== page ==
Isaiah prophesied in the reigns of Uzziah, Jotham, Ahaz, and
Hezekiah. He has been well called the evangelical prophet, on
account of his numerous and full prophesies concerning the
coming and character, the ministry and preaching, the sufferings
and death of the Messiah, and the extent and continuance of his
kingdom. Under the veil of the deliverance from Babylon, Isaiah
points to a much greater deliverance, which was to be effected
by the Messiah; and seldom does he mention the one, without
alluding at the same time to the other; nay, he is often so much
enraptured with the prospect of the more distant deliverance, as
to lose sight of that which was nearer, and to dwell on the
Messiah's person, office, character, and kingdom.
he corruptions prevailing among the Jews. (1-9) Severe
censures. (10-15) Exhortations to repentance. (16-20) The state
of Judah is lamented; with gracious promises of the gospel
Verses 1-9: Isaiah signifies, "The salvation of the Lord;" a very
suitable name for this prophet, who prophesies so much of Jesus
the Saviour, and his salvation. God's professing people did not
know or consider that they owed their lives and comforts to
God's fatherly care and kindness. How many are very careless in
the affairs of their souls! Not considering what we do know in
religion, does us as much harm, as ignorance of what we should
know. The wickedness was universal. Here is a comparison taken
from a sick and diseased body. The distemper threatens to be
mortal. From the sole of the foot even to the head; from the
meanest peasant to the greatest peer, there is no soundness, no
good principle, no religion, for that is the health of the soul.
Nothing but guilt and corruption; the sad effects of Adam's
fall. This passage declares the total depravity of human nature.
While sin remains unrepented, nothing is done toward healing
these wounds, and preventing fatal effects. Jerusalem was
exposed and unprotected, like the huts or sheds built up to
guard ripening fruits. These are still to be seen in the East,
where fruits form a large part of the summer food of the people.
But the Lord had a small remnant of pious servants at Jerusalem.
It is of the Lord's mercies that we are not consumed. The evil
nature is in every one of us; only Jesus and his sanctifying
Spirit can restore us to spiritual health.
Verses 10-15: Judea was desolate, and their cities burned. This
awakened them to bring sacrifices and offerings, as if they
would bribe God to remove the punishment, and give them leave to
go on in their sin. Many who will readily part with their
sacrifices, will not be persuaded to part with their sins. They
relied on the mere form as a service deserving a reward. The
most costly devotions of wicked people, without thorough
reformation of heart and life, cannot be acceptable to God. He
not only did not accept them, but he abhorred them. All this
shows that sin is very hateful to God. If we allow ourselves in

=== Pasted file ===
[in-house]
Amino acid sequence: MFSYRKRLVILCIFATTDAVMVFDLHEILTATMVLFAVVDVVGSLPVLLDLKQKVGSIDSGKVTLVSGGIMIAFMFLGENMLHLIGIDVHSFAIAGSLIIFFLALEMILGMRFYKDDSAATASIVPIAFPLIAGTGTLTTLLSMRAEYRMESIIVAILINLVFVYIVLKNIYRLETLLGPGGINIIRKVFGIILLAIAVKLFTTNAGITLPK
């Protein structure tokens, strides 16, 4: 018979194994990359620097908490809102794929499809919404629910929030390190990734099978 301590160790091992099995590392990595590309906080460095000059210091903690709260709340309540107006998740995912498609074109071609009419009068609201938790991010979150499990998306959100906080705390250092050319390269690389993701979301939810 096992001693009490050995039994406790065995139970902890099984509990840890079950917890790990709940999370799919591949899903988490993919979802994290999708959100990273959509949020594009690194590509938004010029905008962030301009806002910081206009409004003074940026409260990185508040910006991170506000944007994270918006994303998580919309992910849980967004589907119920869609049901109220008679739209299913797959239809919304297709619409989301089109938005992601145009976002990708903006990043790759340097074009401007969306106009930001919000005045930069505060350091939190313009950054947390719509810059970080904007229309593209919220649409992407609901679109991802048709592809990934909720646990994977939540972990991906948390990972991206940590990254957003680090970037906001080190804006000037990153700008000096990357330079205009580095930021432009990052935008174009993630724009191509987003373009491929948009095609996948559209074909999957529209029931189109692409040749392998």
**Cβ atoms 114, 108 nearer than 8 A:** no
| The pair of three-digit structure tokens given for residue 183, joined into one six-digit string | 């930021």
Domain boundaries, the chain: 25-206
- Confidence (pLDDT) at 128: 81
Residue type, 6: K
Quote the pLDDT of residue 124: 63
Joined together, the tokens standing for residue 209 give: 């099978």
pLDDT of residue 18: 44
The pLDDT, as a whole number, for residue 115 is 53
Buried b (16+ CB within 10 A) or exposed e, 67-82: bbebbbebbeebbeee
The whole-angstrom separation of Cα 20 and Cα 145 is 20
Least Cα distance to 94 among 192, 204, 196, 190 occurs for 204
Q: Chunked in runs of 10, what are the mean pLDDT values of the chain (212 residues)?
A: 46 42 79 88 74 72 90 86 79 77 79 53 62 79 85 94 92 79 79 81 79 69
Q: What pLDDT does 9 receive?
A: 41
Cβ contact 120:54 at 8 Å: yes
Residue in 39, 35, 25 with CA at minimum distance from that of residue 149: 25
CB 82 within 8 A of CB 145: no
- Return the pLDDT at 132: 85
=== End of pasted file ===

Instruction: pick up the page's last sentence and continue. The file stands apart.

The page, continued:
secret sin, or forbidden indulgences; if we reject the salvation
of Christ, our very prayers will become abomination.
Verses 16-20: Not only feel sorrow for the sin committed, but break off
the practice. We must be doing, not stand idle. We must be doing
the good the Lord our God requires. It is plain that the
sacrifices of the law could not atone, even for outward national
crimes. But, blessed be God, there is a Fountain opened, in
which sinners of every age and rank may be cleansed. Though our
sins have been as scarlet and crimson, a deep dye, a double dye,
first in the wool of original corruption, and afterwards in the
many threads of actual transgression; though we have often
dipped into sin, by many backslidings; yet pardoning mercy will
take out the stain, (Ps 51:7). They should have all the
happiness and comfort they could desire. Life and death, good
and evil, are set before us. O Lord, incline all of us to live
to thy glory.
Verses 21-31: Neither holy cities nor royal ones are faithful to their
trust, if religion does not dwell in them. Dross may shine like
silver, and the wine that is mixed with water may still have the
colour of wine. Those have a great deal to answer for, who do
not help the oppressed, but oppress them. Men may do much by
outward restraints; but only God works effectually by the
influences of his Spirit, as a Spirit of Judgment. Sin is the
worst captivity, the worst slavery. The redemption of the
spiritual Zion, by the righteousness and death of Christ, and by
his powerful grace, most fully accord with what is here meant.
Utter ruin is threatened. The Jews should become as a tree when
blasted by heat; as a garden without water, which in those hot
countries would soon be burned up. Thus shall they be that trust
in idols, or in an arm of flesh. Even the strong man shall be as
tow; not only soon broken, and pulled to pieces, but easily
catching fire. When the sinner has made himself as tow and
stubble, and God makes himself as a consuming fire, what can
prevent the utter ruin of the sinner?